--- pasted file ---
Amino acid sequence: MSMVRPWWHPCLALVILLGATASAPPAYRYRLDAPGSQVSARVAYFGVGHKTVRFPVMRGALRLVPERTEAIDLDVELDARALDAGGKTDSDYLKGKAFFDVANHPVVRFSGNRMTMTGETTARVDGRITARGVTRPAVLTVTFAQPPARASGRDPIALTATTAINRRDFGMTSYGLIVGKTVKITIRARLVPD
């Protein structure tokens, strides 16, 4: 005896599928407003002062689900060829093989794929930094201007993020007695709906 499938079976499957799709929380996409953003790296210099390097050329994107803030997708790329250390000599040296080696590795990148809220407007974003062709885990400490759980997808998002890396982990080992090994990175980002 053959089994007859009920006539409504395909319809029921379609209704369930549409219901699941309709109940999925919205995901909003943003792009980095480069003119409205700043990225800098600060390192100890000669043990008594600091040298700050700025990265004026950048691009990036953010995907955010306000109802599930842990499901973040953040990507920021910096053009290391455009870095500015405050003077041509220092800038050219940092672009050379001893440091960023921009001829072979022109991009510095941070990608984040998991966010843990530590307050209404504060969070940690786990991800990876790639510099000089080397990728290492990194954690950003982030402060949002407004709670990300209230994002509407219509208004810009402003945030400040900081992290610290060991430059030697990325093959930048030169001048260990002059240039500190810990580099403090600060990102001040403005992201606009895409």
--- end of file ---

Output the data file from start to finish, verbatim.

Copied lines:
Amino acid sequence: MSMVRPWWHPCLALVILLGATASAPPAYRYRLDAPGSQVSARVAYFGVGHKTVRFPVMRGALRLVPERTEAIDLDVELDARALDAGGKTDSDYLKGKAFFDVANHPVVRFSGNRMTMTGETTARVDGRITARGVTRPAVLTVTFAQPPARASGRDPIALTATTAINRRDFGMTSYGLIVGKTVKITIRARLVPD
């Protein structure tokens, strides 16, 4: 005896599928407003002062689900060829093989794929930094201007993020007695709906 499938079976499957799709929380996409953003790296210099390097050329994107803030997708790329250390000599040296080696590795990148809220407007974003062709885990400490759980997808998002890396982990080992090994990175980002 053959089994007859009920006539409504395909319809029921379609209704369930549409219901699941309709109940999925919205995901909003943003792009980095480069003119409205700043990225800098600060390192100890000669043990008594600091040298700050700025990265004026950048691009990036953010995907955010306000109802599930842990499901973040953040990507920021910096053009290391455009870095500015405050003077041509220092800038050219940092672009050379001893440091960023921009001829072979022109991009510095941070990608984040998991966010843990530590307050209404504060969070940690786990991800990876790639510099000089080397990728290492990194954690950003982030402060949002407004709670990300209230994002509407219509208004810009402003945030400040900081992290610290060991430059030697990325093959930048030169001048260990002059240039500190810990580099403090600060990102001040403005992201606009895409």